Takano Taizen


Takano Clan


Chikugo Province

Lifespan:  15xx to 16xx

Other Names:  Taizen-no-suke, Genba-no-jō

Rank:  bushō

Clan:  Takano (descended from the Ōgashi-Ogata clan from Takano in Fujikita)

Bakufu:  Edo

Domain:  Yanagawa

Lord:  Bekki Akitsura (Tachibana Dōsetsu) → Bekki Shigetsura → Tachibana Muneshige (?)

Takano Taizen served as a bushō during the Azuchi-Momoyama and early Edo periods.  He was a retainer of the Tachibana clan and, in the Edo period, of the Yanagawa domain.  Taizen is counted among the Four Guardian Kings of the Tachibana, the others being Yufu Korenobu, Andō Ietada, and Totoki Tsuresada.

The clan descended from the Ōgashi-Okata family from Takano in Fujikita in Bungo Province.

On 8/22 of Tenbun 4 (1535), during a rebellion by kokujin, or provincial landowners, in Higo Province including the Higo-Kikuchi clan, Taizen obeyed his lord, Bekki Akitsura (later known as Tachibana Dōsetsu), and, together with Bekki Chikamune, Yufu Koretaka, Watanuki Yoshimoto, Adachi Sakyō, Andō Tsurayuki, Ebina Hizen, Ono Akiyuki, deployed to Higo Province and fought valiantly at the Battle of Kurumagaeshi to suppress the rebellion.

In 1556, Taizen obeyed his lord Akitsura to deploy for a rebellion by Obara Akimoto, Honjō Shinzaemon Munetsuna, Nakamura Shinbei Naganao (Shigenobu), and Kaku Kii-no-kami Koreshige known as the Confrontation of Surnames.  On 5/19, Taizen, together with Yufu Korenobu, Adachi Sakyō, Andō Iesada, and Takano Kurōbei received written commendations from Akitsura for their exemplary service during this conflict.

Beginning on 4/27 and into the fifth month of 1565, when Yoshihiro Akimasa and Dōsetsu attacked Tachibana Akikoto (the lord of Tachibanayama Castle) who rebelled against the Ōtomo, Taizen served with the utmost valor in the front line of spear-wielding soldiers.

In 1568, when attacking Akikoto after he was lured away by Mōri Motonari, Taizen served as the commander of the Sixth Battalion of Dosetsu’s army to battle below Tachibanayama Castle against the allied forces of Shimizu Munetomo of the Mōri army, Etō Owari-no-kami (a retainer of Takahashi Akitane), and Harada Chikatane.  During this battle, he took the head of Owari-no-kami.

Around this time, Taizen, along with Yufu Korenobu, Totoki Tsuresada, and Andō Ietada, while serving as retainers of the Bungo-Bekki clan prior to Bekki Akitsura inheriting the Tachibana clan, were called the Four Guardian Kings of the Tachibana and known as prominent bushō in Kyūshū.

In 1578, in the wake of the Battle of Mimikawa, Dōsetsu and Takahashi Jōun deployed to suppress a rebellion by clans in Chikuzen including the Munakata, the Asō, and the Harada.  Further, Taizen, along with Yufu Korenobu, Totoki Tsuresada, and Andō Ietada, engaged in battle against Akizuki Tanezane, Tsukushi Hirokado, and others seeking to expand their influence in Chikuzen.  Throughout his career, Taizen received twenty-seven written commendations and was praised by his lord, Dōsetsu, as an exceptional bushō of unparalleled valor.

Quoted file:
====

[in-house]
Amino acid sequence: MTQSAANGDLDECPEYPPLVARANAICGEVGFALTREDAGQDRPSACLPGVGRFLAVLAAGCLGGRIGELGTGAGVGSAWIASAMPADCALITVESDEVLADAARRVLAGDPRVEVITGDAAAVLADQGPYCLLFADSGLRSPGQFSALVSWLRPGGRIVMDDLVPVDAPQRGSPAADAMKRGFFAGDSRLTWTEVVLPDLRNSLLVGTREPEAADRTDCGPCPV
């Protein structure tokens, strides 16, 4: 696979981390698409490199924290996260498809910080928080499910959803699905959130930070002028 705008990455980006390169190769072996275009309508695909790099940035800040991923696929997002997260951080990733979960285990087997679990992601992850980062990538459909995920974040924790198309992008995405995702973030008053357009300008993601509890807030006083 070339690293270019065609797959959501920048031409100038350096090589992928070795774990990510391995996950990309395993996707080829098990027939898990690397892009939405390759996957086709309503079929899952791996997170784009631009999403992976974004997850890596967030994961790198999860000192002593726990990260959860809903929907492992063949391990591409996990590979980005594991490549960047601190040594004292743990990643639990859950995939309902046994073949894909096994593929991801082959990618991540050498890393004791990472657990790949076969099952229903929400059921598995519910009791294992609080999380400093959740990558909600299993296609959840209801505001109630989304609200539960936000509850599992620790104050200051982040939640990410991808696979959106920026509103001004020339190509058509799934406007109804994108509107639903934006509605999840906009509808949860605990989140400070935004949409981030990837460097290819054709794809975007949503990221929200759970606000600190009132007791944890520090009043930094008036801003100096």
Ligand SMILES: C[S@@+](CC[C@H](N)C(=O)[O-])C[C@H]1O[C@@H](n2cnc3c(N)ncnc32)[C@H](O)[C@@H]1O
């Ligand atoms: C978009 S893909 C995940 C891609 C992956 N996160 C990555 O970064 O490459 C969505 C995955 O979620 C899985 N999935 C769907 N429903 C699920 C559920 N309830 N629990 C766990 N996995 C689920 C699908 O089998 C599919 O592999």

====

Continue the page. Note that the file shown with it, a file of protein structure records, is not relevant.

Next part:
On 12/5 of Tenshō 10 (1582), letters were issued by Bekki Shigetsura (a nephew of Dōsetsu based in Bungo) recognizing the rights of Takano Genba-no-jō (Taizen) and Kuroki Ienaga, a kokujin from Chikugo, to their landholdings.

On 9/11 of Tenshō 13 (1585), after Dōsetsu died while on deployment at the height of the attack on Yanagawa Castle, Taizen served Shigetsura.  Later, when suspected of plotting a rebellion against the Ōtomo, Shigetsura took his own life.  After Shigetsura’s son, Bekki Munetsune, was killed at the Battle of Hetsugigawa, or after the Ōtomo were removed from their position, it is surmised that Taizen and his family served Tachibana Muneshige.

After Toyotomi Hideyoshi recognized Muneshige as a daimyō with a fief of 132,000 koku in Yanagawa, Taizen obeyed Hideyoshi and deployed for the Pacification of Kyūshū, the Conquest of Odawara, and the Bunroku-Keichō Campaign on the Korean Peninsula.  Among those who sailed to Korea were individuals deemed to have been members of Taizen’s family including Takano Shikibu-no-jō and Takano Yagenji.  In 1562, during the construction of Yanagawa Castle, Takano Shikibu looked after the Tachibana residence in Fushimi.

In 1600, at the Battle of Sekigahara, Taizen joined the Western Army and participated in the Siege of Ōtsu Castle (including Takano Shirōzemon and Takano Kyūemon) and the Siege of Yanagawa Castle so, after the war, he was removed from his position and became a rōnin, or wandering samurai.

In 1620, when Muneshige received under the governance of the Tokugawa family his former territory in Yanagawa in Chikugo Province with a fief of 109,200 koku, the territory was granted to an individual under the name of Takano Kizaemon.